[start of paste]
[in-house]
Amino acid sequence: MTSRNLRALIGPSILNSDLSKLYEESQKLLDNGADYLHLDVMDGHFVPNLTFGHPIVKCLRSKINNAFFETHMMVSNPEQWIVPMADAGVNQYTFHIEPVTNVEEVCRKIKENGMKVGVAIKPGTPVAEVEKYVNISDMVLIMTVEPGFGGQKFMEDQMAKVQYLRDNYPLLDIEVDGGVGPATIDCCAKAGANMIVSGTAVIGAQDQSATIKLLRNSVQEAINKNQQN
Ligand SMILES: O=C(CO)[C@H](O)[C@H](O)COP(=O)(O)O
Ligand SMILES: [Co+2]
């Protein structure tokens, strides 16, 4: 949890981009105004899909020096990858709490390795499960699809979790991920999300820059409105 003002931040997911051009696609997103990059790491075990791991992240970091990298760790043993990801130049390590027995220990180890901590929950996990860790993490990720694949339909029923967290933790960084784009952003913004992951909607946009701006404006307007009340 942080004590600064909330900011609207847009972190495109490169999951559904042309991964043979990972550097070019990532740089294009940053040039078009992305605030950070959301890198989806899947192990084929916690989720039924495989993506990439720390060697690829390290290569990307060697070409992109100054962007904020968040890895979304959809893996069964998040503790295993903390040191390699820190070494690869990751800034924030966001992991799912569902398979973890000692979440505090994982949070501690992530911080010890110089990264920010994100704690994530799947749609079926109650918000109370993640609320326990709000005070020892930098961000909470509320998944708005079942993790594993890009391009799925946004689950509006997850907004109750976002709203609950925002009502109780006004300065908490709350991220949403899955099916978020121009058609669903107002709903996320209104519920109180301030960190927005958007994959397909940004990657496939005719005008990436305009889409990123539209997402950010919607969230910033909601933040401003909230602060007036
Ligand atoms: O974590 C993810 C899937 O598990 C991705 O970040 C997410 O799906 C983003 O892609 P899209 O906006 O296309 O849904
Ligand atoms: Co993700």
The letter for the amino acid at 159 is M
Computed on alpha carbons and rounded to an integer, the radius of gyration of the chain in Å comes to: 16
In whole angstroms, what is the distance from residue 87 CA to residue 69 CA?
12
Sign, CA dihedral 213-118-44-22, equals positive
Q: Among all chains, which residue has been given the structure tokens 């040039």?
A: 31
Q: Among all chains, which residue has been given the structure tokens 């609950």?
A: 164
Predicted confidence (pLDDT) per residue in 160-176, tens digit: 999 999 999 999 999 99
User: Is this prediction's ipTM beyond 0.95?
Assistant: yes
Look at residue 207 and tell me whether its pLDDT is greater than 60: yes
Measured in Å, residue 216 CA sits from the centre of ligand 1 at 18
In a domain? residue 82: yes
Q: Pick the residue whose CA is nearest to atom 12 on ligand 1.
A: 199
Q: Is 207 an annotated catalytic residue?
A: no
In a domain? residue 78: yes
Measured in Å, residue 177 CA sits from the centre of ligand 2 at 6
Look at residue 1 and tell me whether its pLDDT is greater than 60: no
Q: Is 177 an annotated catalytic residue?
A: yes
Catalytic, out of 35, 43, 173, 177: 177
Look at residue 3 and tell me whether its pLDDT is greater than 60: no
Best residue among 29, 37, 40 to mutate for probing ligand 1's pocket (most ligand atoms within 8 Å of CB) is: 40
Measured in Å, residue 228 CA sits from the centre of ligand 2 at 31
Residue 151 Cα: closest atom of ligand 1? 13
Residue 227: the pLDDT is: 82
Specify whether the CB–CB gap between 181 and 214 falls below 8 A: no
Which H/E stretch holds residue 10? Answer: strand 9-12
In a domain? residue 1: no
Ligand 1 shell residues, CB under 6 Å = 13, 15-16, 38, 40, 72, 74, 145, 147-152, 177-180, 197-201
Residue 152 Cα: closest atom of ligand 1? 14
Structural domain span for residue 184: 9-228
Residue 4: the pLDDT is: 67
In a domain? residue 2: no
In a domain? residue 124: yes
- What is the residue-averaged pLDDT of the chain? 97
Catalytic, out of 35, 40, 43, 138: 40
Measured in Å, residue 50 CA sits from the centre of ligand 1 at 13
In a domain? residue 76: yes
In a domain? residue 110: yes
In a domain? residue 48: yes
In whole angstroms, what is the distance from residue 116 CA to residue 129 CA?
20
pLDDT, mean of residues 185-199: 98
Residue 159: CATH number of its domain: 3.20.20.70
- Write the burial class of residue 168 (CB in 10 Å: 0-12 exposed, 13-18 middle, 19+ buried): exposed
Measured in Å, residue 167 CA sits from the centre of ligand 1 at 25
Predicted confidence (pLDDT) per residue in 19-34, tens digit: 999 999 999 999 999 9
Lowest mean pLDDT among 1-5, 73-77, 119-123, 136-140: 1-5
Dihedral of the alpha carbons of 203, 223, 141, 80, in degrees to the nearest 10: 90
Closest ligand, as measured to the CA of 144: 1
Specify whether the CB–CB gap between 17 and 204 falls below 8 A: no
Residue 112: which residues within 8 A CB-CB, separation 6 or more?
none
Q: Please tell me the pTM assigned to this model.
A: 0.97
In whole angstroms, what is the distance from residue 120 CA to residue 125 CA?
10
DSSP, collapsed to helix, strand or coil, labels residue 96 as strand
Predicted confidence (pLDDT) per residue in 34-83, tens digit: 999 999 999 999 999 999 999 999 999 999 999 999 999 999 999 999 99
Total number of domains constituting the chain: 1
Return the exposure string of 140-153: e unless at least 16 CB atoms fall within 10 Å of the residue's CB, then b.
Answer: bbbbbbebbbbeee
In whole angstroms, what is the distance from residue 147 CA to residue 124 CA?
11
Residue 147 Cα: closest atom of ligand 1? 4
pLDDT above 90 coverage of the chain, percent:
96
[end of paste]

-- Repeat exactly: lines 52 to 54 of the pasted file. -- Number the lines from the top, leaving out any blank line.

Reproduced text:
In a domain? residue 48: yes
In whole angstroms, what is the distance from residue 116 CA to residue 129 CA?
20